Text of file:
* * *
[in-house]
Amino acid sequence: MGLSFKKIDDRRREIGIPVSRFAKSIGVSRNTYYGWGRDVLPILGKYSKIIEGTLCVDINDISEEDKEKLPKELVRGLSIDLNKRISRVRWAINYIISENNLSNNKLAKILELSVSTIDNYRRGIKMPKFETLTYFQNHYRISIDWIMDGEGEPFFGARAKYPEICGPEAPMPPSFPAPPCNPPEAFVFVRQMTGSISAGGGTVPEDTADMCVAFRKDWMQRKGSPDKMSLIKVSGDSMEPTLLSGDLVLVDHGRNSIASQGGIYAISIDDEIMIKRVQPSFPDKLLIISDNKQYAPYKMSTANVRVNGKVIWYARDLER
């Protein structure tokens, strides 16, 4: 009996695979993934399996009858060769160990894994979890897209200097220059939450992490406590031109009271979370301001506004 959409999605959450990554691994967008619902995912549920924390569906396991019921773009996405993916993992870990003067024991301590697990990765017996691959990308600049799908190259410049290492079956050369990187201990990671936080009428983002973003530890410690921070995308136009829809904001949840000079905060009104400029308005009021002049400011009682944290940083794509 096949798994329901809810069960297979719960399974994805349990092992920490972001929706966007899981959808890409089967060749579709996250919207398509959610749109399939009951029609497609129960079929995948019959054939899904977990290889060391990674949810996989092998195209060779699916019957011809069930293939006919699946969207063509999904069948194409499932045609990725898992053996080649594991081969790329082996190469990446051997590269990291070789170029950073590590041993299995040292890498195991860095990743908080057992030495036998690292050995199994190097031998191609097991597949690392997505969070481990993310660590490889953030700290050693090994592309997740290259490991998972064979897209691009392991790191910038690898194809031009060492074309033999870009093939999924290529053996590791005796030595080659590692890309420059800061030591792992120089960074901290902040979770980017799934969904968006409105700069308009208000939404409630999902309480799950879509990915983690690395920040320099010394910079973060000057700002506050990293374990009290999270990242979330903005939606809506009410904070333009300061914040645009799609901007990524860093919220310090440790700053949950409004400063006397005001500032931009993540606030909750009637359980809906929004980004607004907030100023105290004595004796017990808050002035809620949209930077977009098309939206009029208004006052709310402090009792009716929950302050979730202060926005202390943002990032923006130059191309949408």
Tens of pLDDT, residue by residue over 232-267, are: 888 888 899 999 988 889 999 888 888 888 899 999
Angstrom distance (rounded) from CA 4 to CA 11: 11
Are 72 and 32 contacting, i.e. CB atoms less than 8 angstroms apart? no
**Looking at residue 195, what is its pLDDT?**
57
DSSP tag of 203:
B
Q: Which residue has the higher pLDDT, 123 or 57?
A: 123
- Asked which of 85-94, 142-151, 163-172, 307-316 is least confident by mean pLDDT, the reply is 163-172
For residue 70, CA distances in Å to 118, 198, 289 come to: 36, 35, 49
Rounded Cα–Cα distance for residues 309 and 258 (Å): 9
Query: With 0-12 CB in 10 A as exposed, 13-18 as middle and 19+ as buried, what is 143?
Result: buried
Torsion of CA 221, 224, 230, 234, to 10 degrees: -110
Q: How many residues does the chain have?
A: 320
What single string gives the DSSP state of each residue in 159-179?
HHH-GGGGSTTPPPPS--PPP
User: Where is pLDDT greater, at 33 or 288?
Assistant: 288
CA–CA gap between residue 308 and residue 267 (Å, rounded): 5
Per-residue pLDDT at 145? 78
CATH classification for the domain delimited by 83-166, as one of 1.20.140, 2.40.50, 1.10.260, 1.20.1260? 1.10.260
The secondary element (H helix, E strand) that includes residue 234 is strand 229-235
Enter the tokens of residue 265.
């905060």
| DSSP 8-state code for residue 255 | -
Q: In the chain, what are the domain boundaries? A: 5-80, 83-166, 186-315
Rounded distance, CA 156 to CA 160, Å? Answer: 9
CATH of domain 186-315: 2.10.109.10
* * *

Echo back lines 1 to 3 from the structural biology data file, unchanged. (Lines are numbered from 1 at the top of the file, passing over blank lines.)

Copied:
[in-house]
Amino acid sequence: MGLSFKKIDDRRREIGIPVSRFAKSIGVSRNTYYGWGRDVLPILGKYSKIIEGTLCVDINDISEEDKEKLPKELVRGLSIDLNKRISRVRWAINYIISENNLSNNKLAKILELSVSTIDNYRRGIKMPKFETLTYFQNHYRISIDWIMDGEGEPFFGARAKYPEICGPEAPMPPSFPAPPCNPPEAFVFVRQMTGSISAGGGTVPEDTADMCVAFRKDWMQRKGSPDKMSLIKVSGDSMEPTLLSGDLVLVDHGRNSIASQGGIYAISIDDEIMIKRVQPSFPDKLLIISDNKQYAPYKMSTANVRVNGKVIWYARDLER
């Protein structure tokens, strides 16, 4: 009996695979993934399996009858060769160990894994979890897209200097220059939450992490406590031109009271979370301001506004 959409999605959450990554691994967008619902995912549920924390569906396991019921773009996405993916993992870990003067024991301590697990990765017996691959990308600049799908190259410049290492079956050369990187201990990671936080009428983002973003530890410690921070995308136009829809904001949840000079905060009104400029308005009021002049400011009682944290940083794509 096949798994329901809810069960297979719960399974994805349990092992920490972001929706966007899981959808890409089967060749579709996250919207398509959610749109399939009951029609497609129960079929995948019959054939899904977990290889060391990674949810996989092998195209060779699916019957011809069930293939006919699946969207063509999904069948194409499932045609990725898992053996080649594991081969790329082996190469990446051997590269990291070789170029950073590590041993299995040292890498195991860095990743908080057992030495036998690292050995199994190097031998191609097991597949690392997505969070481990993310660590490889953030700290050693090994592309997740290259490991998972064979897209691009392991790191910038690898194809031009060492074309033999870009093939999924290529053996590791005796030595080659590692890309420059800061030591792992120089960074901290902040979770980017799934969904968006409105700069308009208000939404409630999902309480799950879509990915983690690395920040320099010394910079973060000057700002506050990293374990009290999270990242979330903005939606809506009410904070333009300061914040645009799609901007990524860093919220310090440790700053949950409004400063006397005001500032931009993540606030909750009637359980809906929004980004607004907030100023105290004595004796017990808050002035809620949209930077977009098309939206009029208004006052709310402090009792009716929950302050979730202060926005202390943002990032923006130059191309949408």